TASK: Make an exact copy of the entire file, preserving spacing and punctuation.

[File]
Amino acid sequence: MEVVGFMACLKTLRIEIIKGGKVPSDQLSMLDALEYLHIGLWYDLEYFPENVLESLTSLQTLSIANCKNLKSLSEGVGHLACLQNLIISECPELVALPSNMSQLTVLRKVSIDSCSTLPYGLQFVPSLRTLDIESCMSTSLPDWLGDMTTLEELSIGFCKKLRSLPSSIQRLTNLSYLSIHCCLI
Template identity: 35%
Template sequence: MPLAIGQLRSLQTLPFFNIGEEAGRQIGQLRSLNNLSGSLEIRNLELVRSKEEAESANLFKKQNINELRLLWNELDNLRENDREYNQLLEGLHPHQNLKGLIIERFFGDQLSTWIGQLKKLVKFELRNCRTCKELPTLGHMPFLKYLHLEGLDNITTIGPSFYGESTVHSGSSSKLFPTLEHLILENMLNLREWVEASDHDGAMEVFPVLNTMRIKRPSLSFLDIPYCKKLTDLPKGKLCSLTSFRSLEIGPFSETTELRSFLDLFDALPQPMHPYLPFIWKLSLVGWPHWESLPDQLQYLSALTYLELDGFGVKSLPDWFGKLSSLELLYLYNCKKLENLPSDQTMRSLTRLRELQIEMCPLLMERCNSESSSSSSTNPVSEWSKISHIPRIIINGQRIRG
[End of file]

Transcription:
Amino acid sequence: MEVVGFMACLKTLRIEIIKGGKVPSDQLSMLDALEYLHIGLWYDLEYFPENVLESLTSLQTLSIANCKNLKSLSEGVGHLACLQNLIISECPELVALPSNMSQLTVLRKVSIDSCSTLPYGLQFVPSLRTLDIESCMSTSLPDWLGDMTTLEELSIGFCKKLRSLPSSIQRLTNLSYLSIHCCLI
Template identity: 35%
Template sequence: MPLAIGQLRSLQTLPFFNIGEEAGRQIGQLRSLNNLSGSLEIRNLELVRSKEEAESANLFKKQNINELRLLWNELDNLRENDREYNQLLEGLHPHQNLKGLIIERFFGDQLSTWIGQLKKLVKFELRNCRTCKELPTLGHMPFLKYLHLEGLDNITTIGPSFYGESTVHSGSSSKLFPTLEHLILENMLNLREWVEASDHDGAMEVFPVLNTMRIKRPSLSFLDIPYCKKLTDLPKGKLCSLTSFRSLEIGPFSETTELRSFLDLFDALPQPMHPYLPFIWKLSLVGWPHWESLPDQLQYLSALTYLELDGFGVKSLPDWFGKLSSLELLYLYNCKKLENLPSDQTMRSLTRLRELQIEMCPLLMERCNSESSSSSSTNPVSEWSKISHIPRIIINGQRIRG